The careers of Tiger Woods and Serena Williams have a lot of parallels.
Both transcended their respective sports during a similar timeframe and arguably became the greatest to ever play. And now both are in the twilight of their competitive days. On Tuesday, Williams wrote in a first-person essay on Vogue.com that she is planning to "evolve" away from tennis after the U.S. Open, and that she leaned on Woods for advice about how to wind down her career.
"This spring, I had the itch to get back on the court for the first time in seven months," Williams wrote . "I was talking to Tiger Woods, who’s a friend, and I told him I needed his advice on my tennis career. I said, 'I don’t know what to do: I think I’m over it, but maybe I’m not over it.' He’s Tiger, and he was adamant that I be a beast the same way he is! He said, 'Serena, what if you just gave it two weeks? You don’t have to commit to anything. You just go out on the court every day for two weeks and give it your all and see what happens.' I said, 'All right, I think I can do that.' And I didn’t do it. But a month later, I gave it a try. It felt magical to pick up a racket again. And I was good. I was really good. I went back and forth about whether to play Wimbledon, and the U.S. Open after that. As I’ve said, this whole evolution thing has not been easy for me."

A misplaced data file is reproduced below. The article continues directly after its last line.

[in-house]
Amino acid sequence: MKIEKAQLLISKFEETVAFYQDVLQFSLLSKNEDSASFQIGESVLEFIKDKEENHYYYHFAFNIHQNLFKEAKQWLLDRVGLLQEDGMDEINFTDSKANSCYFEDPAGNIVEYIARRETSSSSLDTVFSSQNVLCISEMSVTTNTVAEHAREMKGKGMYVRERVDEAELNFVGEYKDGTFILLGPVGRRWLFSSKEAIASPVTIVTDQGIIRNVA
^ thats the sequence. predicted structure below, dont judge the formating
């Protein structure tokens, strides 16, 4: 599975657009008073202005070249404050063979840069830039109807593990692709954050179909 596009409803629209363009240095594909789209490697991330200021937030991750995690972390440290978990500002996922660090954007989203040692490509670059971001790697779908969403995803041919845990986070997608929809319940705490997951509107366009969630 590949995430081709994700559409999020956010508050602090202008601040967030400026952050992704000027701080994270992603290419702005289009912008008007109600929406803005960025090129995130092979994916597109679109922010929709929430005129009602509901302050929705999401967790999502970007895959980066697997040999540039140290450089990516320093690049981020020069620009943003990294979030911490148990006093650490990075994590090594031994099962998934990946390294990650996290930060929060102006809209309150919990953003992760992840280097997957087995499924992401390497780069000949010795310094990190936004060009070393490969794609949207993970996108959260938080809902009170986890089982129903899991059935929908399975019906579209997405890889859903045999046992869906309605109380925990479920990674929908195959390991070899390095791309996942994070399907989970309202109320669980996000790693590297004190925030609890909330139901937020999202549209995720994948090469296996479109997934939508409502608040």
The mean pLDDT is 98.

Williams, 40, suffered a hamstring injury at Wimbledon in 2021. She was sidelined for several months, but behind Woods' advice, returned to competition at Eastbourne in June. The following week, she played Wimbledon but lost in the first round. In a tune-up before the U.S. Open, Williams is currently playing the Canadian Open and won her first match in 14 months on Monday.
Woods, 46, in February 2021 was involved in a life-threatening car crash. He worked his way back to play December's PNC Championship with his son, Charlie, and finished runner-up. He then played the 2022 Masters and PGA Championship, making both cuts. However, due to his injury, the only other event he's played since the crash was The Open at St. Andrews, where he missed the cut.
There were doubts if both would ever play again competitively, but, even with their glory days likely in the rearview, both have decided they have a little left in the tank to try and accomplish record-breaking wins.
Woods is currently tied with Sam Snead for the most PGA Tour victories (82) and is three behind Jack Nicklaus's record of 18 major wins.
Williams later this month at Flushing Meadows will follow the Big Cat's advice by giving it her all for two weeks as she tries to go out on top with a 24th Grand Slam title, which would tie Margaret Court's record for most all-time.